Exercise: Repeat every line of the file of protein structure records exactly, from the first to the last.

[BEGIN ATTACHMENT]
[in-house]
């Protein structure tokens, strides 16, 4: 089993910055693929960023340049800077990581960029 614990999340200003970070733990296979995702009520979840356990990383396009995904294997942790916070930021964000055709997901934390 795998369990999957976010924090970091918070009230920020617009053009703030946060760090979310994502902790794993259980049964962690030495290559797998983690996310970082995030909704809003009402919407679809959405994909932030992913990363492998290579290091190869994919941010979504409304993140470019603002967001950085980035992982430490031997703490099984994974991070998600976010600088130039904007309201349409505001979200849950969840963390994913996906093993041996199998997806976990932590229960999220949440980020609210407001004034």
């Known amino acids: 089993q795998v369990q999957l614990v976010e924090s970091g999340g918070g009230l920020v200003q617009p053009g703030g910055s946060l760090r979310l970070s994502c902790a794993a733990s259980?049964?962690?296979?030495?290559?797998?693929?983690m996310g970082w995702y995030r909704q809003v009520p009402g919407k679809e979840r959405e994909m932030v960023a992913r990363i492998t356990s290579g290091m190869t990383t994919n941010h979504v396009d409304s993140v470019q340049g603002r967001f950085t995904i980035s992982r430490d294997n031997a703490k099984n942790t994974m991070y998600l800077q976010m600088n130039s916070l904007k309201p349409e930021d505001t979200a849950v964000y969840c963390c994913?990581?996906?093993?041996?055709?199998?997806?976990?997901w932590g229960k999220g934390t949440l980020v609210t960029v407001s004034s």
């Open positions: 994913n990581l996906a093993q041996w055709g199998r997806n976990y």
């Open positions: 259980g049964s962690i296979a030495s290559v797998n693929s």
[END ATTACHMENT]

[in-house]
């Protein structure tokens, strides 16, 4: 089993910055693929960023340049800077990581960029 614990999340200003970070733990296979995702009520979840356990990383396009995904294997942790916070930021964000055709997901934390 795998369990999957976010924090970091918070009230920020617009053009703030946060760090979310994502902790794993259980049964962690030495290559797998983690996310970082995030909704809003009402919407679809959405994909932030992913990363492998290579290091190869994919941010979504409304993140470019603002967001950085980035992982430490031997703490099984994974991070998600976010600088130039904007309201349409505001979200849950969840963390994913996906093993041996199998997806976990932590229960999220949440980020609210407001004034």
């Known amino acids: 089993q795998v369990q999957l614990v976010e924090s970091g999340g918070g009230l920020v200003q617009p053009g703030g910055s946060l760090r979310l970070s994502c902790a794993a733990s259980?049964?962690?296979?030495?290559?797998?693929?983690m996310g970082w995702y995030r909704q809003v009520p009402g919407k679809e979840r959405e994909m932030v960023a992913r990363i492998t356990s290579g290091m190869t990383t994919n941010h979504v396009d409304s993140v470019q340049g603002r967001f950085t995904i980035s992982r430490d294997n031997a703490k099984n942790t994974m991070y998600l800077q976010m600088n130039s916070l904007k309201p349409e930021d505001t979200a849950v964000y969840c963390c994913?990581?996906?093993?041996?055709?199998?997806?976990?997901w932590g229960k999220g934390t949440l980020v609210t960029v407001s004034s």
């Open positions: 994913n990581l996906a093993q041996w055709g199998r997806n976990y």
């Open positions: 259980g049964s962690i296979a030495s290559v797998n693929s």